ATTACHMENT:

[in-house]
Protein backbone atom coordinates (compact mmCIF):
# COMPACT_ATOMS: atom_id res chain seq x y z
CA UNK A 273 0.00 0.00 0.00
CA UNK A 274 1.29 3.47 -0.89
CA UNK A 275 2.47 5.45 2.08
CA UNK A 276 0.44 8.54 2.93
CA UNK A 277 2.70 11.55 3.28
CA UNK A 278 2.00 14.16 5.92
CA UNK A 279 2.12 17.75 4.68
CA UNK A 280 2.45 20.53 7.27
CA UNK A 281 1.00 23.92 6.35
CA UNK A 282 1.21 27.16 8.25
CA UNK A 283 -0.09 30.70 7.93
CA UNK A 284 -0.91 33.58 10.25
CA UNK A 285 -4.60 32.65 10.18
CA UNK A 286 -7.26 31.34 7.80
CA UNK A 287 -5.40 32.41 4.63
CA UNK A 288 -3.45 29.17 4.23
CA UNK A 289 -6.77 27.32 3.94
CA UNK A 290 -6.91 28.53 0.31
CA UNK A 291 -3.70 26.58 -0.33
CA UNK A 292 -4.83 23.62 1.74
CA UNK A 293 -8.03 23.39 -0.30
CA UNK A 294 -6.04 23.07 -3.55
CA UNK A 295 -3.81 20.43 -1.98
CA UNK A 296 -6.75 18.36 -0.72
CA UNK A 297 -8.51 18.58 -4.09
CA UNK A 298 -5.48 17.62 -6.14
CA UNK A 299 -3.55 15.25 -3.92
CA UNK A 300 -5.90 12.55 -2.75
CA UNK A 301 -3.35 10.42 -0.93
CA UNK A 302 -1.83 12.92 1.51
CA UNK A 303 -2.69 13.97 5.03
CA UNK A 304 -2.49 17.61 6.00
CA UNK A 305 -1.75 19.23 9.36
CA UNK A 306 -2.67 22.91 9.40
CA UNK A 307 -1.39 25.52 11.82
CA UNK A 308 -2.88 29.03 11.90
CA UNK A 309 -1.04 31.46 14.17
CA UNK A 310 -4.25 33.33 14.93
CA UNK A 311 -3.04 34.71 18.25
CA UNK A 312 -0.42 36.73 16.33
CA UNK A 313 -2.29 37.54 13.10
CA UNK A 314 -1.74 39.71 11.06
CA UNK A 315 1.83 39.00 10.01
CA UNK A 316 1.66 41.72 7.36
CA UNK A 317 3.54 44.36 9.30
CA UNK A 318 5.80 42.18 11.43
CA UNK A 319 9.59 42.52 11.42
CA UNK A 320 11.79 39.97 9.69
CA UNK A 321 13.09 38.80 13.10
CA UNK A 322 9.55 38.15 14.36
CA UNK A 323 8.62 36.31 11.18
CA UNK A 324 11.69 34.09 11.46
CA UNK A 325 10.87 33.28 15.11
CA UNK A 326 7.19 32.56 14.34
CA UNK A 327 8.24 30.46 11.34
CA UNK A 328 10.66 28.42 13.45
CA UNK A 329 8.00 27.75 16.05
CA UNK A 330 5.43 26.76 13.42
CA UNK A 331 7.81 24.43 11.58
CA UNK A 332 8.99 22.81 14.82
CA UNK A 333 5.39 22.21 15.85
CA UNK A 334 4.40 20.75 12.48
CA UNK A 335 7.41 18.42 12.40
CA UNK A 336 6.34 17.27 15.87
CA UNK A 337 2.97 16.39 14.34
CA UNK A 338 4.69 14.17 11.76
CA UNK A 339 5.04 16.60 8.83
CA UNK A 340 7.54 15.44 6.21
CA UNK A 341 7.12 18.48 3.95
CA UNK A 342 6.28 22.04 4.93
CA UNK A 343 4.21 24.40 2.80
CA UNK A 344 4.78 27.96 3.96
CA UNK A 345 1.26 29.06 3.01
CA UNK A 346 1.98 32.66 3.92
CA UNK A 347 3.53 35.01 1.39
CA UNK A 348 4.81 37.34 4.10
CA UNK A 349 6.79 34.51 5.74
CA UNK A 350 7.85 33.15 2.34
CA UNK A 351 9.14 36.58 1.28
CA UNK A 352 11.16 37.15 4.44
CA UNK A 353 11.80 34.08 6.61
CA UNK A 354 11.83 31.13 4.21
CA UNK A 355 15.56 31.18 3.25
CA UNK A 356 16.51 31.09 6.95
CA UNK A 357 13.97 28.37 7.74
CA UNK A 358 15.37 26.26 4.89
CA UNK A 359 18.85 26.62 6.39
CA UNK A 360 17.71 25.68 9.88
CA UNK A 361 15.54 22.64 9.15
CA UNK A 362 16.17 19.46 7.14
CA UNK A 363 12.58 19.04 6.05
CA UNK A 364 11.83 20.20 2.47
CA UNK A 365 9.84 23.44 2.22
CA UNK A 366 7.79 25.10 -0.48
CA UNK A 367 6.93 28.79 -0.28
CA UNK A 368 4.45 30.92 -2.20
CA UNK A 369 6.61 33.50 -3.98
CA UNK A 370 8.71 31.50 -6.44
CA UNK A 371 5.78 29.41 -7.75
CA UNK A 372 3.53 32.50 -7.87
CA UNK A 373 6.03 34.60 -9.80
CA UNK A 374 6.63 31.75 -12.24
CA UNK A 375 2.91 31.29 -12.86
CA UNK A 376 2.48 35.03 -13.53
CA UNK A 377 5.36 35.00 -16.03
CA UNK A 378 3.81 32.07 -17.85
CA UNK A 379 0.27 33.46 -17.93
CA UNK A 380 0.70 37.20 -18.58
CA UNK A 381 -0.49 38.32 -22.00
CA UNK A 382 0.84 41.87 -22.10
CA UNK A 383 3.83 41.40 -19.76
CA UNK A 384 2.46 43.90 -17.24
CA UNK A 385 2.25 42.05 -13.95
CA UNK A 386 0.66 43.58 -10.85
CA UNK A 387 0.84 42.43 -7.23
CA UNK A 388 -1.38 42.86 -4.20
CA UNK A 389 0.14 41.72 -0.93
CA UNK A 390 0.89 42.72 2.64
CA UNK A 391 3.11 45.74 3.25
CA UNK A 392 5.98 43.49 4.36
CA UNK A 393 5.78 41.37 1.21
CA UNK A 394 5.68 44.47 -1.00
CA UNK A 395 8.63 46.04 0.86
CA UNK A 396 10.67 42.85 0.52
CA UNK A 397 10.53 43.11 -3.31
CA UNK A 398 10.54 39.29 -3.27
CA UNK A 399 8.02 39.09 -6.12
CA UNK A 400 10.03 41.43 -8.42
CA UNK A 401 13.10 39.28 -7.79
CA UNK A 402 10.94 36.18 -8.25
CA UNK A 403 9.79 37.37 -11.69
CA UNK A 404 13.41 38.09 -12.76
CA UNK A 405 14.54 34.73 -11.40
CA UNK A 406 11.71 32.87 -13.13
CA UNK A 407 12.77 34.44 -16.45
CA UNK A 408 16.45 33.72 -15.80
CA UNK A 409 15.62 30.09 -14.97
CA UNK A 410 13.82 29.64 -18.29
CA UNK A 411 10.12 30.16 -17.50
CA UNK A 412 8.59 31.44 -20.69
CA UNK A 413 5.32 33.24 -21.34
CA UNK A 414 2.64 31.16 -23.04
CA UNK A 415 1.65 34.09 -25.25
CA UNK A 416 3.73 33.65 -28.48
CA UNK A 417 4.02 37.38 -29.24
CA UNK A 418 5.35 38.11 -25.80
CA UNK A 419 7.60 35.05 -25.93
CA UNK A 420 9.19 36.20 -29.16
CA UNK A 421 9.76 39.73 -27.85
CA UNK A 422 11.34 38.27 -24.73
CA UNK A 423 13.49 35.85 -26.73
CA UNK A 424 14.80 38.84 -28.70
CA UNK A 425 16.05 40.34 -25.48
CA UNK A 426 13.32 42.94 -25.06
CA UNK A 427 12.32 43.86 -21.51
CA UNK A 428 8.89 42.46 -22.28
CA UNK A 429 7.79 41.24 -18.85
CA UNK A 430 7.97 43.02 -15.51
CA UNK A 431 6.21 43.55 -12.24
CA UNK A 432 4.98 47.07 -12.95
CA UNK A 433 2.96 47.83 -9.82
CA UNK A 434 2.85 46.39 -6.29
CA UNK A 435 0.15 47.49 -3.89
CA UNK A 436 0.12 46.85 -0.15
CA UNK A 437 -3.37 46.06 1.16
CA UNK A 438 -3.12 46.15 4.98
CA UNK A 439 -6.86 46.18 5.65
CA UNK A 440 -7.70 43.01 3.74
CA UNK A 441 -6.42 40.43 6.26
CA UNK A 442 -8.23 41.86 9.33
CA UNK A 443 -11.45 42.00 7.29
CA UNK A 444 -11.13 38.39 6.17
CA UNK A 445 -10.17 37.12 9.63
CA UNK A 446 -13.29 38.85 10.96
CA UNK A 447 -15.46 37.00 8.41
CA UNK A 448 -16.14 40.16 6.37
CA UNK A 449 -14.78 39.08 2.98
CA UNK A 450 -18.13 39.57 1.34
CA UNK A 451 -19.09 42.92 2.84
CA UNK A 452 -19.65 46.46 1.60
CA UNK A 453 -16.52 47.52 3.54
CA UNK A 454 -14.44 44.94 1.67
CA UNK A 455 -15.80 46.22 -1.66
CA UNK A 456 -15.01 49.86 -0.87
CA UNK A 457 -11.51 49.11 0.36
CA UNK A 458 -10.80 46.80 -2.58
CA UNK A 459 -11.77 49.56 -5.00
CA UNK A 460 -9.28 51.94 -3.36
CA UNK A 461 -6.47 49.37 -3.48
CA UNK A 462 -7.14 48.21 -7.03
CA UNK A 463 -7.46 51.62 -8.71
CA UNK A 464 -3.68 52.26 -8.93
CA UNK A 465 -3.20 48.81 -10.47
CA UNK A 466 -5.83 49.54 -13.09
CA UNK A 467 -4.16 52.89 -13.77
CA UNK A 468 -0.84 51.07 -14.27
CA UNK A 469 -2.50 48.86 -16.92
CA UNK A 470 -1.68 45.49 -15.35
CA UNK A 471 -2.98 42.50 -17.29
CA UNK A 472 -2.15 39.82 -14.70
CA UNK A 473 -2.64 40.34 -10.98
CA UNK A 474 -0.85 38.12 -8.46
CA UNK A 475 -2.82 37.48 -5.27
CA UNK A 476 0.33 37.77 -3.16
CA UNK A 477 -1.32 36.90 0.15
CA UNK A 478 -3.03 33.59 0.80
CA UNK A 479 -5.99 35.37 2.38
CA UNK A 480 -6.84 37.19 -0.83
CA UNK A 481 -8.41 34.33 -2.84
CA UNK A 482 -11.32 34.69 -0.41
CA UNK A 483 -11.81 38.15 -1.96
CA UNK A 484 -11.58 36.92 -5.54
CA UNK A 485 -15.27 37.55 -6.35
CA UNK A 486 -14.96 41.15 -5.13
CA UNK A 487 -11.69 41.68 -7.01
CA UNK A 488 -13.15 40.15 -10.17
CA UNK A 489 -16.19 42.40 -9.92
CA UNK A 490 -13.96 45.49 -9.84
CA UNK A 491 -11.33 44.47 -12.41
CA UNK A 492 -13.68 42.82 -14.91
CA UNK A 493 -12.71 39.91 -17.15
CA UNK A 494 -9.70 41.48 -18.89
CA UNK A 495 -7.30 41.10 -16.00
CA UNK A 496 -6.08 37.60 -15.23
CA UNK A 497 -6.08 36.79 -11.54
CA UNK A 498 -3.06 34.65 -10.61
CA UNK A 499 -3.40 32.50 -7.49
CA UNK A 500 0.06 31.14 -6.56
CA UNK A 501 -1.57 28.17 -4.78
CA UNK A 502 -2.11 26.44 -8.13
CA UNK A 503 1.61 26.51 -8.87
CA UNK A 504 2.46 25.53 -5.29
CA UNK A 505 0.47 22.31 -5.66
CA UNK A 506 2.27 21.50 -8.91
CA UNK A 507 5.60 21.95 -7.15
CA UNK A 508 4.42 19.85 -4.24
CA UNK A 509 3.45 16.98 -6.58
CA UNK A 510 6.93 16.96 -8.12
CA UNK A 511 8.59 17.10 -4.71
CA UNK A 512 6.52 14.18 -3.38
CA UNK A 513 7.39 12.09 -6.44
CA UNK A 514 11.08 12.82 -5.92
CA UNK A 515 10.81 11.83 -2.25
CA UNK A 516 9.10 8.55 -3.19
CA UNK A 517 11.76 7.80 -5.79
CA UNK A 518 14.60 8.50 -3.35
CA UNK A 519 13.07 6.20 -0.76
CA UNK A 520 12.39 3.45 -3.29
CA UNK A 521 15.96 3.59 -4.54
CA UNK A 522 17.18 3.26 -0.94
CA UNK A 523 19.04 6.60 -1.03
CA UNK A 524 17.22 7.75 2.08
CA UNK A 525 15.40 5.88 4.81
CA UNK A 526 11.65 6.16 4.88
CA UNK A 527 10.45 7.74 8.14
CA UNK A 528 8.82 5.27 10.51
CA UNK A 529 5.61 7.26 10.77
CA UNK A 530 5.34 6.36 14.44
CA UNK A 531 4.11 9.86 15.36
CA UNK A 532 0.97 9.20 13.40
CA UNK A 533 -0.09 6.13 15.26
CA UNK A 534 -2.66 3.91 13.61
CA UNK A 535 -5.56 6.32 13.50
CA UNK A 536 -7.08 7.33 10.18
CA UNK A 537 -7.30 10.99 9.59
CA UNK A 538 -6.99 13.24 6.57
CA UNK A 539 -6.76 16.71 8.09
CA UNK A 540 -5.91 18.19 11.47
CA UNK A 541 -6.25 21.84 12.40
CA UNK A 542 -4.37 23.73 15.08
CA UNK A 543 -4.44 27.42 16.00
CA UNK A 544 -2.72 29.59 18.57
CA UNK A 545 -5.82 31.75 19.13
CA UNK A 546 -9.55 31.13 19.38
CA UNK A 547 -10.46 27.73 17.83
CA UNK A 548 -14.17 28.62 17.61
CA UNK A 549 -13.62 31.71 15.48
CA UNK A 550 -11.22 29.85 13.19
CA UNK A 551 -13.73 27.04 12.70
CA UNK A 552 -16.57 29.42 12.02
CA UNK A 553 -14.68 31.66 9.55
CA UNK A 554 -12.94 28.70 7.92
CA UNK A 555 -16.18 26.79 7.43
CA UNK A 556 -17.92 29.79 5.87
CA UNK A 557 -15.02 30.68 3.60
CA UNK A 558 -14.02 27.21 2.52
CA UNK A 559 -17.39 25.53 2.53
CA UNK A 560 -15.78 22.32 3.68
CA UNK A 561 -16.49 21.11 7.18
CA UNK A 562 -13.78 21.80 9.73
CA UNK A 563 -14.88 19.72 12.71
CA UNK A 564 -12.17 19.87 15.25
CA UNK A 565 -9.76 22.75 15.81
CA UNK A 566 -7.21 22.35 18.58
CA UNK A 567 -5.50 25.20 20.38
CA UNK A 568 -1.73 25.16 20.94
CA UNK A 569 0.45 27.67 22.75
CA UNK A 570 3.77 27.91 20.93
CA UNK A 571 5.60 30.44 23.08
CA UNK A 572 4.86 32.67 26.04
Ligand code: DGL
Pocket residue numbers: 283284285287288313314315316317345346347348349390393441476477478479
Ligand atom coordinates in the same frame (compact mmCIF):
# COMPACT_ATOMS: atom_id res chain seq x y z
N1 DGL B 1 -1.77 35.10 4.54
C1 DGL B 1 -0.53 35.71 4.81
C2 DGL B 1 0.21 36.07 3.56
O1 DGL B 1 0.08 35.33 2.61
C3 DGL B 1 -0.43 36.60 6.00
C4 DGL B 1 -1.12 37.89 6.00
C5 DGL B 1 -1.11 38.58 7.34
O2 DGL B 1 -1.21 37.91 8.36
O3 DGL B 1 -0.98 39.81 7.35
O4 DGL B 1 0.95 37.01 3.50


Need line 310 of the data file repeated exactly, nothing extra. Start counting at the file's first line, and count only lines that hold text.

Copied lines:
C2 DGL B 1 0.21 36.07 3.56